Nevertheless, there are mounting signs that Barr and Durham are moving forward on their inquiry — and that Barr may be under pressure from Trump.
Barr has said that Durham, with whom he has reportedly worked closely (including making a trip to Italy last year to do interviews), is making progress and seems intent on digging into other possible misconduct involving FBI and CIA officials; ex-CIA Director John Brennan was reportedly interviewed this month for eight hours but has been told he’s not a target.
On August 12, Barr coyly told conservative talk-radio commentator Buck Sexton that “we’re not going to do anything for the purpose of affecting the election, but we’re trying to get some things done before the election.”
The next day, Trump told Fox News that “Bill Barr has the chance to be the greatest of all time. But if he wants to be politically correct, he’ll be just another guy.” And then, on August 14, it was announced that an ex-FBI lawyer, Kevin Clinesmith, who was involved in one part of the 2016 inquiry would plead guilty to a charge of falsifying a document. Clinesmith formally entered his plea the following week.
Finally, as Trump’s law-and-order mantra has become a central campaign motif, Barr’s crackdown on largely peaceful protests in D.C., and authorizing federal agents to help fight violent crime in several cities run by Democrats look like ominous campaign ploys and possible harbingers of what’s ahead before November. Dubbed “Operation Legend,” the program began in Kansas City, Missouri, on July 8 and was soon after launched in eight other cities run by Democrats including Chicago; Albuquerque, New Mexico; Cleveland; and Detroit, ostensibly to reduce violent crime with a key focus on gun violence.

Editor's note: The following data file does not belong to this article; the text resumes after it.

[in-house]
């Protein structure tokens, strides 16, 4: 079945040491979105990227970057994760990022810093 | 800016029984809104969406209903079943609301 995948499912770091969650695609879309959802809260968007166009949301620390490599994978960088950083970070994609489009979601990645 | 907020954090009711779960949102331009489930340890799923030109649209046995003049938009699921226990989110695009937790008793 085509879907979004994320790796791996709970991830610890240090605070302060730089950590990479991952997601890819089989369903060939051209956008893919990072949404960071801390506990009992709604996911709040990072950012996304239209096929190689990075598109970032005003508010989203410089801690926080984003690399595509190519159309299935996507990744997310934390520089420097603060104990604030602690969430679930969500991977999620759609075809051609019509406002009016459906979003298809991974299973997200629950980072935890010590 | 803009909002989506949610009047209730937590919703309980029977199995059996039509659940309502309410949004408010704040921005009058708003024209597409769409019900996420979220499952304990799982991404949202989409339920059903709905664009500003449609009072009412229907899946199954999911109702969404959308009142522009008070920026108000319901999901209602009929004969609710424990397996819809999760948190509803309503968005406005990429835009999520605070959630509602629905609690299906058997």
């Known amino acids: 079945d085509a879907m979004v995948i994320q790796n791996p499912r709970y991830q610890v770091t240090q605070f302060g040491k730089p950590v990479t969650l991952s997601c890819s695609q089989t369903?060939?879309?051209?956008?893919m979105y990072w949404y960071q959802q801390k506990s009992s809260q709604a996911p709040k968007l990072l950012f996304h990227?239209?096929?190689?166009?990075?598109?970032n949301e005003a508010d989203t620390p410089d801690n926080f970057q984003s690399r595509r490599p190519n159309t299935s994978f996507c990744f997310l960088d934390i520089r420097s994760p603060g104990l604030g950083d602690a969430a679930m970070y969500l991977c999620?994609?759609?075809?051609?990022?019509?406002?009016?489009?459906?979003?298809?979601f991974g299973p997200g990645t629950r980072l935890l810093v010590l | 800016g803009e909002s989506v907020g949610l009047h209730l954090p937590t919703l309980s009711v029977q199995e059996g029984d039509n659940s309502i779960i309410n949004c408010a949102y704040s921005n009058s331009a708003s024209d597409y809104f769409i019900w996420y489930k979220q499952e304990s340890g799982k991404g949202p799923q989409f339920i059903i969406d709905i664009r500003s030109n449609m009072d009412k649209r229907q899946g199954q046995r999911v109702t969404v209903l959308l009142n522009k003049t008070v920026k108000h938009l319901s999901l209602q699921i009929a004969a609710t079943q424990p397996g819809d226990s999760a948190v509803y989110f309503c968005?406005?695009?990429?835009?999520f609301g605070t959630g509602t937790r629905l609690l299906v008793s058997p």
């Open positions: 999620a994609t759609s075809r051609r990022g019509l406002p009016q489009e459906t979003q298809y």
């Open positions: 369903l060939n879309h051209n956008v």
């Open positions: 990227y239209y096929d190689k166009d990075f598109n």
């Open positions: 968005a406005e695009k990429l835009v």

Some former DOJ officials were taken aback last month when in an unorthodox move for an attorney general, Barr joined Trump at the White House for a campaign-style announcement about Operation Legend’s expansion to several cities run by Democrats, including Chicago. Chicago Mayor Lori Lightfoot dubbed the event a “political stunt.”
Barr’s leading role in Operation Legend at times overlaps — and seems to be inspired by — a conspiratorial, far-right, and dystopian vision of urban chaos he has linked to Black Lives Matter protests, which the attorney general alleged in a Fox interview this month with Mark Levin. Barr labeled some Black Lives Matter protesters “bolsheviks” engaged in “urban guerrilla warfare,” driven by a “lust for power.”
Ex-prosecutor Rosenzweig was stunned by Barr’s comments to Levin. “They’re flat-out racist, dogwhistle, white supremacist nonsense,” he told me.
As criticism of Operation Legend mounted, Barr held a press briefing on August 19 in Kansas City to trumpet some 1,500 arrests in nine cities to date, including about 217 facing federal charges, according to Barr. Barr’s explanation for why there’s been a recent uptick in violent crime provided new signs that the program has a distinctly political edge: At his briefing, Barr cited a few possible causes such as “pent-up aggression” due to local and state coronavirus quarantine orders, the “defund the police” movement, and “premature release of violent criminals by the courts” during the pandemic.